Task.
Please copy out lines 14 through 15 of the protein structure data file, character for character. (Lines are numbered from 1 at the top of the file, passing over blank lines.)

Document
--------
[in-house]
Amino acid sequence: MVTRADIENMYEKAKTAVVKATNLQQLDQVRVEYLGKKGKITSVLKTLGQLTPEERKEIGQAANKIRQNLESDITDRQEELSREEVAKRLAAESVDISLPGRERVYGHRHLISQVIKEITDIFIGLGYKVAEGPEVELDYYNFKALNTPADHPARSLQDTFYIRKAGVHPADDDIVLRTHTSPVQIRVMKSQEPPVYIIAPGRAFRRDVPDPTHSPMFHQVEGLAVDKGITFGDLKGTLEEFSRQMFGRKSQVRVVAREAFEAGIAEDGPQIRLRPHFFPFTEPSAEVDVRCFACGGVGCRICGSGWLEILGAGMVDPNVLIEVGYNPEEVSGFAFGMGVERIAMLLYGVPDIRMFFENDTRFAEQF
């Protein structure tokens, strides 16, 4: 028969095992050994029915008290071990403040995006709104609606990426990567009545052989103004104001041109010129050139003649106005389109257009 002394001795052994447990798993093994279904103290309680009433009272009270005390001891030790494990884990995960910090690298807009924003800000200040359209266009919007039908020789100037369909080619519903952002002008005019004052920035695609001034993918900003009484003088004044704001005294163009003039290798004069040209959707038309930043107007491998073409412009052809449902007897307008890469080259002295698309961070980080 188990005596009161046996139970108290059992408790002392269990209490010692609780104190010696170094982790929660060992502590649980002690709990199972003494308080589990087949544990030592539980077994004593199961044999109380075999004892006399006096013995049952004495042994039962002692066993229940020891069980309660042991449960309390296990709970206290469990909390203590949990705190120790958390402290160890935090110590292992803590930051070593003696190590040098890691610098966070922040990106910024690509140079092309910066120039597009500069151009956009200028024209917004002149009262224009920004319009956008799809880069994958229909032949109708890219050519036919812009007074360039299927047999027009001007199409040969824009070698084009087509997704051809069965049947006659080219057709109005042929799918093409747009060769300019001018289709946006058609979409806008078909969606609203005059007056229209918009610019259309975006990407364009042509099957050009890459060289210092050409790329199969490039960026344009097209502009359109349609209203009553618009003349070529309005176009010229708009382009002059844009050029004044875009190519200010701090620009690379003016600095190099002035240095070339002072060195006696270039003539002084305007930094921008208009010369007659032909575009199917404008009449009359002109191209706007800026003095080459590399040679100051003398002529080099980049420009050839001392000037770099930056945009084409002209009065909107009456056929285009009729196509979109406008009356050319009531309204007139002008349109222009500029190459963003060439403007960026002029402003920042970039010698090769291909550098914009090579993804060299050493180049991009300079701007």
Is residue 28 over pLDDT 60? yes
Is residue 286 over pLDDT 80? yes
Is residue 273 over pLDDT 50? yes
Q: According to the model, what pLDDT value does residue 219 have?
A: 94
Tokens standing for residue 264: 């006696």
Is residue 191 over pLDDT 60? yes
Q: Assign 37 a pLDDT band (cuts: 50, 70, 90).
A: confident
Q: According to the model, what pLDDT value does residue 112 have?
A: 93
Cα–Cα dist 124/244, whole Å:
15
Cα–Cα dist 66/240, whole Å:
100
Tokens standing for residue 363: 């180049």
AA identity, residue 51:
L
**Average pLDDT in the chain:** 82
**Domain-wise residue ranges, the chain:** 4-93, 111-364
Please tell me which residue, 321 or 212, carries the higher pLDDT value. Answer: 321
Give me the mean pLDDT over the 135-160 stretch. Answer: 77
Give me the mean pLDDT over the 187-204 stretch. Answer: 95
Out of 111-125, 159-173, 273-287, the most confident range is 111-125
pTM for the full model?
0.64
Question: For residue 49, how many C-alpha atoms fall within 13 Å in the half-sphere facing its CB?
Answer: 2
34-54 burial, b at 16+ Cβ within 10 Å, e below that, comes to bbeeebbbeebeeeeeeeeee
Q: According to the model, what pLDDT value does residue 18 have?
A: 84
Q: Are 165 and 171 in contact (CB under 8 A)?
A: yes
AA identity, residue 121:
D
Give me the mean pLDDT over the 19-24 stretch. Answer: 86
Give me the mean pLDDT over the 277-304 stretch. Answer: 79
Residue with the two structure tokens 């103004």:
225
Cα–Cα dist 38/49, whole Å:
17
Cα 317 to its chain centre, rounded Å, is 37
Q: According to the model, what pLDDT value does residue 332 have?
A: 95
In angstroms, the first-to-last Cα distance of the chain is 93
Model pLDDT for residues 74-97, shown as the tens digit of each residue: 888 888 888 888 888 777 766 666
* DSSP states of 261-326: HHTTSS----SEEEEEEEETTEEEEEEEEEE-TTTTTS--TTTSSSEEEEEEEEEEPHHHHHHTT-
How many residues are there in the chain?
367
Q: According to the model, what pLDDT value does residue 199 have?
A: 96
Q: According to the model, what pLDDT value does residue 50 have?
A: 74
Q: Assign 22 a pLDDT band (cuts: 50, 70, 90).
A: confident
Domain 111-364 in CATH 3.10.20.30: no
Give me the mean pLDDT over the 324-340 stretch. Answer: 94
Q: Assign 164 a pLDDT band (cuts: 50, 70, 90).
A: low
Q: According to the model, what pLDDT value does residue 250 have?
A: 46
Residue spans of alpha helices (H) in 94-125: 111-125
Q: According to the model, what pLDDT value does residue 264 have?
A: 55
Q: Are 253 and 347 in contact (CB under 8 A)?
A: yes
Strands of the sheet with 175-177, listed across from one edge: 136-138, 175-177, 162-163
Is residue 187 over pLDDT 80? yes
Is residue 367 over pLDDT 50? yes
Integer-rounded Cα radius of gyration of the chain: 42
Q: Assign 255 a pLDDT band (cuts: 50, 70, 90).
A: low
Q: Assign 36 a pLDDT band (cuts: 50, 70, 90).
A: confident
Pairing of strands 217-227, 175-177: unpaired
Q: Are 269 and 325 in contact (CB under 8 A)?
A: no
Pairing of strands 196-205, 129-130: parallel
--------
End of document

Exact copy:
A: 93
Cα–Cα dist 124/244, whole Å: